.

The challenge of bringing mind and body together again

Professor of Dementia & Psychiatry, Aston Medical School
Professor George Tadros, Aston Medical School

11 October 2017

  • One in four people will have a mental health issue at some point in their lives
  • Pioneering model of liaison psychiatry explained by its creator
  • Public lecture free to attend on 17 October – reserve your place here

Professor George Tadros, who pioneered a new model of liaison psychiatry now used in almost 30 NHS Trusts across the country, will be talking about the challenge of bringing mind and body together again in his inaugural lecture at Aston University on 17 October.

Professor of Dementia and Psychiatry for Aston Medical School, George will be talking about the success of the Rapid Assessment, Interface and Discharge (RAID) model which enables older patients to be discharged from acute hospital back to their own homes, rather than to care homes.

“Our ageing population offers real reasons to celebrate modern medical advances,” he said. “But it also challenges our abilities to provide dignifying and effective medical care - especially in acute hospitals - and challenges our perceptions of ageing and the value of older people.”

He explained that effective liaison psychiatry models were essential to ensure that our health system will be able to meet the needs of our ageing population.

“Since the emergence of psychiatry as a medical speciality, contradictory ideas and concepts have led to an artificial separation of the mind and the body. This has had consequences on medical training, service models and patients’ and carers experiences.”

His talk will explore the issues in dealing with mental ill-health today and demonstrate the link between the mind and the body. The RAID model, digital technology and local collaboration can all be ways of effectively supporting patients and their families. He will also look at the effect dementia has on our ageing population and how current and future research could have a significant impact on current and future generations.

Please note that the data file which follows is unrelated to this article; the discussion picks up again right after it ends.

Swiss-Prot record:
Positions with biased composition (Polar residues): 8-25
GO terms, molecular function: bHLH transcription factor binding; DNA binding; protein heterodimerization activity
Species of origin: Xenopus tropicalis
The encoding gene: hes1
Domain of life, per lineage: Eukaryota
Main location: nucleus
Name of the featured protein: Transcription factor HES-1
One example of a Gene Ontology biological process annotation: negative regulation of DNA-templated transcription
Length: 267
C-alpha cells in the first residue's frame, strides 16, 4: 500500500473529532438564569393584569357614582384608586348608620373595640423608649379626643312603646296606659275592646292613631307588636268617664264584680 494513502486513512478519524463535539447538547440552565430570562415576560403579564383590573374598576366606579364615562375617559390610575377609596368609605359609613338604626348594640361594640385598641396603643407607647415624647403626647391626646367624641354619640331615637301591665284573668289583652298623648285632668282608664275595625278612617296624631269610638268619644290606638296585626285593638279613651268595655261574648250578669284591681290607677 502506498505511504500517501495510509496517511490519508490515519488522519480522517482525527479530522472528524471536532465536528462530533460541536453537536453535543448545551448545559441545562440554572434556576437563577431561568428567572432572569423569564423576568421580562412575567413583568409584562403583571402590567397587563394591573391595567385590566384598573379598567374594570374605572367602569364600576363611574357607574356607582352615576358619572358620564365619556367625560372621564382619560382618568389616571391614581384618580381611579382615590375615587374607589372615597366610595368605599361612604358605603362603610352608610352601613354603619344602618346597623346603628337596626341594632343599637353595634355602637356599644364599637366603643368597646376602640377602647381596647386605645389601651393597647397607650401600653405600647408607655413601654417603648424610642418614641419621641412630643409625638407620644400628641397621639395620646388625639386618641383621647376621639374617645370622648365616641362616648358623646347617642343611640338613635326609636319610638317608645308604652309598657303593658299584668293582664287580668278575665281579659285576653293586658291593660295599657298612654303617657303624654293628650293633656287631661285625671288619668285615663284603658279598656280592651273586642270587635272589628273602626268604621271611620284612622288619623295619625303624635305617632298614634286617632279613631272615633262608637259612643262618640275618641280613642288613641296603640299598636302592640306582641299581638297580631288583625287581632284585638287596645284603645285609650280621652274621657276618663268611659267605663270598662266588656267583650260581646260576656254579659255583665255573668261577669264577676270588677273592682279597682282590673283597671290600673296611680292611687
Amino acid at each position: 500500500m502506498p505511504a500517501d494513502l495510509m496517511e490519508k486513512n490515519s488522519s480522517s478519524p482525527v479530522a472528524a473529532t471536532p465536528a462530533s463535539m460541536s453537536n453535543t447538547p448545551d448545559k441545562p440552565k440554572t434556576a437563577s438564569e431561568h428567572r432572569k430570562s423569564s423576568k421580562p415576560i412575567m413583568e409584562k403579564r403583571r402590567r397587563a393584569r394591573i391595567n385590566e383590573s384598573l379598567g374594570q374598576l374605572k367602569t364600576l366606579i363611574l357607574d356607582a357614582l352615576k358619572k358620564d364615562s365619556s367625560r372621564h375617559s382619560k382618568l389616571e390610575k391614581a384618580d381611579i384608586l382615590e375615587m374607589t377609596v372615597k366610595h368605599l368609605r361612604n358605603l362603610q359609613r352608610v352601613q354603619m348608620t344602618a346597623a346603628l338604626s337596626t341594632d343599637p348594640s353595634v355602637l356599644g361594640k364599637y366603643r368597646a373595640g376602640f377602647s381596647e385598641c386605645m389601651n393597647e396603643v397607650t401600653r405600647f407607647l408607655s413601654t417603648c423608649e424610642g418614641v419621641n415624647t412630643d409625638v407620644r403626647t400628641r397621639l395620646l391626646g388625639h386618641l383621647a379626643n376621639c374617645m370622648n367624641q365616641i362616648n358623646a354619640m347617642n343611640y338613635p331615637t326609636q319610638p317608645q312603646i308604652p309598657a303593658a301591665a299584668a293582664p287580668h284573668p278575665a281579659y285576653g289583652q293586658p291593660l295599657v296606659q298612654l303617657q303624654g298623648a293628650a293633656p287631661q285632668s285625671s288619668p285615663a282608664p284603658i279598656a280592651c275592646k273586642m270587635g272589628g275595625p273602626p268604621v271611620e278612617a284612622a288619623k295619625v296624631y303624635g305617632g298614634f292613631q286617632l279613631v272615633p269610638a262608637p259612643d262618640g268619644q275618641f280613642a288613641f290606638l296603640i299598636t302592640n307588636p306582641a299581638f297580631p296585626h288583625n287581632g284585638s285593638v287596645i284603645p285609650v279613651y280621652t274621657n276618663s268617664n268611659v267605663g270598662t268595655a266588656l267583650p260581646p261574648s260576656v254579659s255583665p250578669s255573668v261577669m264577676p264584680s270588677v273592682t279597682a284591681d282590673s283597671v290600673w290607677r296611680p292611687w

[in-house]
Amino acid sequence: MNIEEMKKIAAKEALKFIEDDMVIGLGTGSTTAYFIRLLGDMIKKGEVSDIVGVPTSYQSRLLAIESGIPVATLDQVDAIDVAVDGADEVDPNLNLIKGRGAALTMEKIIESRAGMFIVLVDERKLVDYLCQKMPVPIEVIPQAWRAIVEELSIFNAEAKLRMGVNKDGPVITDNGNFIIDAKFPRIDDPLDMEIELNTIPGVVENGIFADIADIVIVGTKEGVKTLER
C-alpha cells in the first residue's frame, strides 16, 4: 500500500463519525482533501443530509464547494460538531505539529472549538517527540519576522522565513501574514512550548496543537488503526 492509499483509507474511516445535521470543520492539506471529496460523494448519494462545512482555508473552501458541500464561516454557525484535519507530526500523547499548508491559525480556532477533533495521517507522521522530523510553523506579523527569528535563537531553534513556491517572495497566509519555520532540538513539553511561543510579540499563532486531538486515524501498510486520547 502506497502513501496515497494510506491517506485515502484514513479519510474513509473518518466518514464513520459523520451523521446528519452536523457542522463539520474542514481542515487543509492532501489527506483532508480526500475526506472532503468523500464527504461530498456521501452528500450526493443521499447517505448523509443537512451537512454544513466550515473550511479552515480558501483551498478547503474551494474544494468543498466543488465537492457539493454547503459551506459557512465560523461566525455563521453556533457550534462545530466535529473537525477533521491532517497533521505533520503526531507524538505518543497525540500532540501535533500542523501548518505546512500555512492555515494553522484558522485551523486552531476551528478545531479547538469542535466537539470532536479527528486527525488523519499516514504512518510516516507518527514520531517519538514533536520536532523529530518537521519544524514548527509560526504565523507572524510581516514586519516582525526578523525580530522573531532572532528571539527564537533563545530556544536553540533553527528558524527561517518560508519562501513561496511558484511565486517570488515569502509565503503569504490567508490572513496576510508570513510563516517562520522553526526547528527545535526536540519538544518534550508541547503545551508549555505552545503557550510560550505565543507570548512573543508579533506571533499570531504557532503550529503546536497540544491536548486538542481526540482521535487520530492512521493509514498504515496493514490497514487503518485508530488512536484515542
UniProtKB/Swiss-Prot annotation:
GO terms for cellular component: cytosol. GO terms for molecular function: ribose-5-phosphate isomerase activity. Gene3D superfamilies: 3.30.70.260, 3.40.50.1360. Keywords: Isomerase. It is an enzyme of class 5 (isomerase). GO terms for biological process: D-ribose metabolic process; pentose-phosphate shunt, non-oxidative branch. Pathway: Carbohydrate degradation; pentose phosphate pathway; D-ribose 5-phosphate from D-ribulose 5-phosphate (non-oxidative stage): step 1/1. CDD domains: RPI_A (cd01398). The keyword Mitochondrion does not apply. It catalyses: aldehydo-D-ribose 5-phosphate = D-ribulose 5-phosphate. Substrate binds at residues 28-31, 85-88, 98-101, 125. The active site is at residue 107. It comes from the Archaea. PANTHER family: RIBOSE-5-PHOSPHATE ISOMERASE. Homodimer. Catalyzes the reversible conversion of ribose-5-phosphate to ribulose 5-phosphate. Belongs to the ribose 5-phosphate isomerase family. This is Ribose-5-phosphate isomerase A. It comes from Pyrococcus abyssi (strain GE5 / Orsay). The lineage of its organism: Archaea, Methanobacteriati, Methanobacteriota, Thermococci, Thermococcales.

Professor Tadros launched RAID at the Birmingham and Solihull Mental Health NHS Foundation Trust, where he is a consultant in old age liaison psychiatry and clinical director of urgent care. He established its academic infrastructure and clinical pathways and also the National RAID Network which now has more than 600 members who share good clinical practice in liaison psychiatry.

The RAID model has been praised by the Department of Health and NHS Confederation, recommended for the commissioning of liaison psychiatry, and very favourably evaluated by the London School of Economics for achieving savings through better quality mental healthcare in acute hospitals, rather than through service cuts.

George is currently leading research into cognitive impairment, dementia and mental illness in acute hospitals, including a £250,000 project to examine the effect of cooled haemodialysis on the cognitive functions of patients with end stage chronic kidney disease.

He also has an interest in using new technology in mental health and has received a £2million grant from the innovation department to develop a new digital platform with predictive analytics that will provide a new complete approach to mental health crisis.

The public can attend his inaugural lecture on Tuesday 17 October free of charge. The event runs from 18.30 to 20.30 and will be held in Aston University’s Main Building, Aston Triangle, Birmingham, B4 7ET.

To reserve a free place, please click here

ENDS

Notes to the editor

  • Founded in 1895 and a University since 1966, Aston University has been always been a force for change. For 50 years the University has been transforming lives through pioneering research, innovative teaching and graduate employability success. Aston is renowned for its opportunity enabler through broad access and inspiring academics, providing education that is applied and has real impact on all areas of society, business and industry.
  • For media queries contact Susi Turner, press officer, on 0121 204 4978 or email s.j.turner@aston.ac.uk

Be first to get the latest news, research and expert comment from Aston by following us on Twitter: @AstonPress